India: National Judicial Accountability Commission (NJAC) - To Be Or Not To Be!!!

Last Updated: 24 June 2015
Article by Abhishek Kumar

Most Read Contributor in India, September 2016


National Judicial Accountability Commission (NJAC) and the National Judicial Accountability Commission Act (hereinafter referred to as "The Act") is at present the most debated political judicial topic. The challenge to the Act in the Hon'ble Supreme Court of India is gathering the attention of every aware person, intelligentsia, law student, legal professionals as the same will decide the ultimate authority with whom the appointment of Judges to the Higher Judiciary vests. Arguably, the matter which at present is being heard in the Hon'ble Supreme Court is also being compared to as the Kesvanand Bharti vs. State of Kerala1 case as It will also seal oft debated issue over the supremacy of Judiciary or Executive in appointment of Judges in the Higher Judiciary.

When the appointment of judges across is taken into consideration what is perceived is that in some country like the United States, the President has the say in appointment. In United Kingdom, the system by far is very merit oriented because in order to become the judge there is an open competition that avoids kith and kin syndrome which is largely prevalent in India The article inter alia throws light on the constitutional provision with respect to appointment of judges, the global perspective of appointment of judges, evolution of collegiums system and its notable flaws, evolution of NJAC, the Act, salient feature in the Act.


This section in brief will throw light on important constitutional provision dealing with the appointment of judges in India. Article 1242 deals with the appointment of Supreme Court judges. Article 124 (2) of the Constitution of India3 mentions about the appointment of Supreme Court Judges. Article 217 deals with appointment of High Court Judges.


This section of the Article will throw light on the manner of appointment of Judges in some other Countries.

(A) United States:-

Before deliberating as to the manner of appointment of Judges it is imperative to give some back ground regarding the mechanism of judiciary as prevalent in the States. The system of court in United States is referred to as dual court system meaning thereby that both state and federal systems have their own set of courts. There are 51 separate sets of courts in United States; i.e. one for each state and one for the Federal Government. Federal court is further categorized into three level; a) The Supreme Court; b) The Circuit Court of Appeals and the District Court. The Supreme Court is the highest court in the federal judiciary. Section II Article II of the United States Constitution reads as4 :-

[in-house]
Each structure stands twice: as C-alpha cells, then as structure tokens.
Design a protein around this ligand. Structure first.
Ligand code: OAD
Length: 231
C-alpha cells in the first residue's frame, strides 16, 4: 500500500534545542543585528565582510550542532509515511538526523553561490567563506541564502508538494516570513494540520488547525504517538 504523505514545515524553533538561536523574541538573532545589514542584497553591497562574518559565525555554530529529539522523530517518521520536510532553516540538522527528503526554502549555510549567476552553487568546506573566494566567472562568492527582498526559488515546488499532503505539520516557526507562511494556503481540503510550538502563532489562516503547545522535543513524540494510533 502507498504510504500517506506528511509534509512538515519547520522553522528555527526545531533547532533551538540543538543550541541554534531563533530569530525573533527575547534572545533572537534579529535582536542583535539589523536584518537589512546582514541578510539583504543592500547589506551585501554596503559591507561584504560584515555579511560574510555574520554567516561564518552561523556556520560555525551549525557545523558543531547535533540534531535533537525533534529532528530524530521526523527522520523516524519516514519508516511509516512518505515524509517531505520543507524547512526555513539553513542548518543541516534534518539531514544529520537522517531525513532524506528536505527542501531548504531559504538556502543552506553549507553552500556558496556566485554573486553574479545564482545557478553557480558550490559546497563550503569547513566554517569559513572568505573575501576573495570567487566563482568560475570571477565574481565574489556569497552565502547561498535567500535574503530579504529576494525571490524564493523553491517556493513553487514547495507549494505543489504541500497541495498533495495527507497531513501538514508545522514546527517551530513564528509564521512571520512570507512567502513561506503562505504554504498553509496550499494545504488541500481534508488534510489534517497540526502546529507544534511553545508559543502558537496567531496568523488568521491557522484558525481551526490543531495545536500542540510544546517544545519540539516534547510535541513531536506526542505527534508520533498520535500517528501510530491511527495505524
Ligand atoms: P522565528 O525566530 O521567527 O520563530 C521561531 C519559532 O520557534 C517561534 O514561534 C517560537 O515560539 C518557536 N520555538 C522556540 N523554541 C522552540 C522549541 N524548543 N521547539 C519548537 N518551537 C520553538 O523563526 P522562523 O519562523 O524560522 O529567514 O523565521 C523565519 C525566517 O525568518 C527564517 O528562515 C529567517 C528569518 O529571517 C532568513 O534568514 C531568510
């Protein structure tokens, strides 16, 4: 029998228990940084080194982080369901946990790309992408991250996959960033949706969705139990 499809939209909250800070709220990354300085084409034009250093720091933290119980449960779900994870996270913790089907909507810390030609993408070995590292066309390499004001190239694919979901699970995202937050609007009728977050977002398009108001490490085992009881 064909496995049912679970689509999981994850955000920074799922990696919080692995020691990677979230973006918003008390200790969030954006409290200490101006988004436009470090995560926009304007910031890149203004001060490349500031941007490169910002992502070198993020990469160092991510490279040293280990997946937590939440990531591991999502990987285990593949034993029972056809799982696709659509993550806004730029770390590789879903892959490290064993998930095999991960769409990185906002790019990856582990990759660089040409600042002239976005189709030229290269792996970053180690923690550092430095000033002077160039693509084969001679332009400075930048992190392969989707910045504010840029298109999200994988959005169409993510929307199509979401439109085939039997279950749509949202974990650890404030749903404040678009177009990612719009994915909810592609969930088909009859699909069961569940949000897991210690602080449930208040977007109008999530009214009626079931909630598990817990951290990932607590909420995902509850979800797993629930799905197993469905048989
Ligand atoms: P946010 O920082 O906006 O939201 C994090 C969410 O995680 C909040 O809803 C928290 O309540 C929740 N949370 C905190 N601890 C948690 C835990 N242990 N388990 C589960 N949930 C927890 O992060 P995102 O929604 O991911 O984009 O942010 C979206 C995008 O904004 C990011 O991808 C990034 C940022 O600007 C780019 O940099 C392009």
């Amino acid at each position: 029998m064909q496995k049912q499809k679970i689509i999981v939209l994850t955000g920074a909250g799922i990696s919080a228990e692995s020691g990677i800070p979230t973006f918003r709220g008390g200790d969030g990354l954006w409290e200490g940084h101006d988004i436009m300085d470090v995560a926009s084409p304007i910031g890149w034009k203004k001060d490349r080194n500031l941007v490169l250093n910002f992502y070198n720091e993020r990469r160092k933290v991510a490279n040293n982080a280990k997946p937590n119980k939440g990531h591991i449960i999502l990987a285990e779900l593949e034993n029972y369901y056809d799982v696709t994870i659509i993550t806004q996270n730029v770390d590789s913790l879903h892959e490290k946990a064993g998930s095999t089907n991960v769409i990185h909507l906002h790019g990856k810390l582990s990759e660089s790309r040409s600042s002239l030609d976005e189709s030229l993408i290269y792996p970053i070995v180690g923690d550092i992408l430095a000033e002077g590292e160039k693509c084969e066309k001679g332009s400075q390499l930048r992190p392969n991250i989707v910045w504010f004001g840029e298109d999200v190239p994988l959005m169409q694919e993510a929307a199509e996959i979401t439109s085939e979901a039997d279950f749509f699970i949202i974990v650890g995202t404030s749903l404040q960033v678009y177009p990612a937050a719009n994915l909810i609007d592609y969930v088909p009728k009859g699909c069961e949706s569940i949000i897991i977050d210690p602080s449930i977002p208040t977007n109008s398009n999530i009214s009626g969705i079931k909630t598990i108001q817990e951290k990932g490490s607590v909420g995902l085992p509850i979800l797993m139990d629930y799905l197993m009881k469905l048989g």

The President..., nominate, and by and with the advice and consent of the Senate, shall, ......judges of the Supreme Court, and all other officers of the United States shall appoint judges of the Supreme Court, and all other officers of the United States,

Interestingly, there is no statutory qualification with regard to person being judge in the Supreme Court. Generally, nominees need to have been admitted to the practice of law for at least 10 years. Pertinently, there is no rule where only a practising advocate can become judge. There are examples where a Academician (professor of law), have also been appointed as judge. At present out of one judge in U.S Supreme Court, there is one professor of law who is currently serving as judge in the U.S Supreme Court.5 Therefore, as far as appointment of judges in the United States is concerned, the authority vests with the U.S President and the Senate and there is no colleguim system prevalent for appointing the judges.

(B) United Kingdom

The Judges in United Kingdom are appointed on the basis of the recommendation made by the independent Judicial Appointments Commission (JAC). Quite interestingly all appointments are made on the basis of open competition. Thus there is no kith and kin syndrome prevalent in the appointment of Judges in the United Kingdom. JAC is an independent commission that selects candidates for judicial office in courts and tribunals in England and Wales, and for some tribunals whose jurisdiction extends to Scotland or Northern Ireland. Its an executive non –departmental public body, sponsored by Ministry Of Justice.6 JAC derives its source from Constitutional Reforms Act and it consists of 15 members. The judicial appointment and other details are contained in Schedule 14 to the CRA as amended by the Crimes and Courts Act, 2013.

(C) Canada:-

In Canada, the Supreme Court consists of the Chief Justice and 8 other associate judges. The Constitution of Canada empowers the Governor General to appoint the Supreme Court judges. In common practice, it is the advice of the Prime Minister upon which the judges are appointed. Furthermore, the Minister of Justice shortlist candidates with input from provincial law societies. Moreover, Canada does take into account regional representation while making appointment of Judges. In order to be appointed as judge the candidates must have been a member of provincial or territorial law societies for at least 10 years7.

Thus, interestingly, what has evolved by having a glimpse of three countries of the world that in none of the three countries there exists a collegium system of appointment of judges.